we have shown that rosiglitazone has antiinflammatory actions not explicable by activation of PPAR gamma, but possibly by the glucocorticoid receptor (GR). Rosiglitazone induces nuclear translocation both of GR-green fluorescent protein, and endogenous GR in HeLa and U20S cells but with slower kinetics than dexamethasone. Rosiglitazone also induces GR phosphorylation (Ser(211)), a GR ligand-binding-specific effect. Rosiglitazone drives luciferase expression from a simple glucocorticoid-response element containing reporter gene in a GR-dependent manner (EC(50) 4 mu M), with a similar amplitude response to the partial GR agonist RU486. Rosiglitazone also inhibits dexamethasone-driven reporter gene activity (IC(50) AZD1390 molecular weight 2.9 mu M) in a similar fashion to RU486, suggesting partial agonist activity. Importantly we demonstrate a similar effect in PPAR gamma-null cells, suggesting both GR dependence and PPAR gamma independence. Rosiglitazone also activates a GAL4-GR chimera, driving a upstream activating sequence promoter, demonstrating DNA template sequence independence and LEE011 cell line furthermore enhanced steroid receptor coactivator-1-GR interaction, measured by a mammalian two-hybrid assay. Both ciglitazone and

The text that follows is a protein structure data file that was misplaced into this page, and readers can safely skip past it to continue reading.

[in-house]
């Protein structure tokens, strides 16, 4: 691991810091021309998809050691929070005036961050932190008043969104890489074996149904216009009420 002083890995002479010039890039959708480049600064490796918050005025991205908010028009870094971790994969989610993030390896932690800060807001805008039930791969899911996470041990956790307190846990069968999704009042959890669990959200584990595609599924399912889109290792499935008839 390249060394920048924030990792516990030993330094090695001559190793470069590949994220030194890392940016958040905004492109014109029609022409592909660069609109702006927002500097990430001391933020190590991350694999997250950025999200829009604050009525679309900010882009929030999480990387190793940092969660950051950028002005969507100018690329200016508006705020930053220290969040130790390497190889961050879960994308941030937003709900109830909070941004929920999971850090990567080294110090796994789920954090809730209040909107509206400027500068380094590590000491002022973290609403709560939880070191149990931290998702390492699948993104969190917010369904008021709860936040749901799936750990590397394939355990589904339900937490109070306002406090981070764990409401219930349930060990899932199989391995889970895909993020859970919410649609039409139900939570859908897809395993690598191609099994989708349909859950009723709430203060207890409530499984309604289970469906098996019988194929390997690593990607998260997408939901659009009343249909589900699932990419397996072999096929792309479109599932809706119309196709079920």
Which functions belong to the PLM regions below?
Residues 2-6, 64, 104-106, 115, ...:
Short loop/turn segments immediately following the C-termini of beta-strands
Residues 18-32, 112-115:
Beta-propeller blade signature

pioglitazone, structurally related to rosiglitazone, show similar effects on the GR. The antiproliferative effect of rosiglitazone is increased in U20S cells that overexpress GR, suggesting a biologically important GR-dependent component of rosiglitazone action. Rosiglitazone is a partial GR agonist, affecting GR activation and trafficking to influence engagement of target genes and affect cell function. This novel mode of action may explain some JNK-IN-8 cost off-target effects observed in vivo. Additionally, antagonism of glucocorticoid action may contribute to the antidiabetic actions of rosiglitazone. (Endocrinology 150: 75-86, 2009)”
“Activation of peroxisome proliferator-activated receptor gamma coactivator-1 alpha (PGC-1 alpha)-mediated transcription is important for both the determination of mitochondrial content and the induction of mitochondrial biogenesis in skeletal muscle.
SIRT1 (silent mating type information regulator 2 homolog 1) deactetylation is proposed as a potential activator of PGC-1 alpha transcriptional activity. The current review examines the importance of SIRT1 deacetylation of PGC-1 alpha in skeletal muscle. Models of SIRT1 overexpression and pharmacological activation are examined, but changes in SIRT1 expression and deacetylase activity following acute and chronic contractile activity will be emphasized. In addition, potential mechanisms of SIRT1 activation in skeletal muscle will be examined. The importance of the PGC-1 alpha acetyltransferase GCN5 will also be briefly discussed. The current evidence supports the contribution of SIRT1 deacetylation of PGC-1 alpha to exercise-induced mitochondrial biogenesis.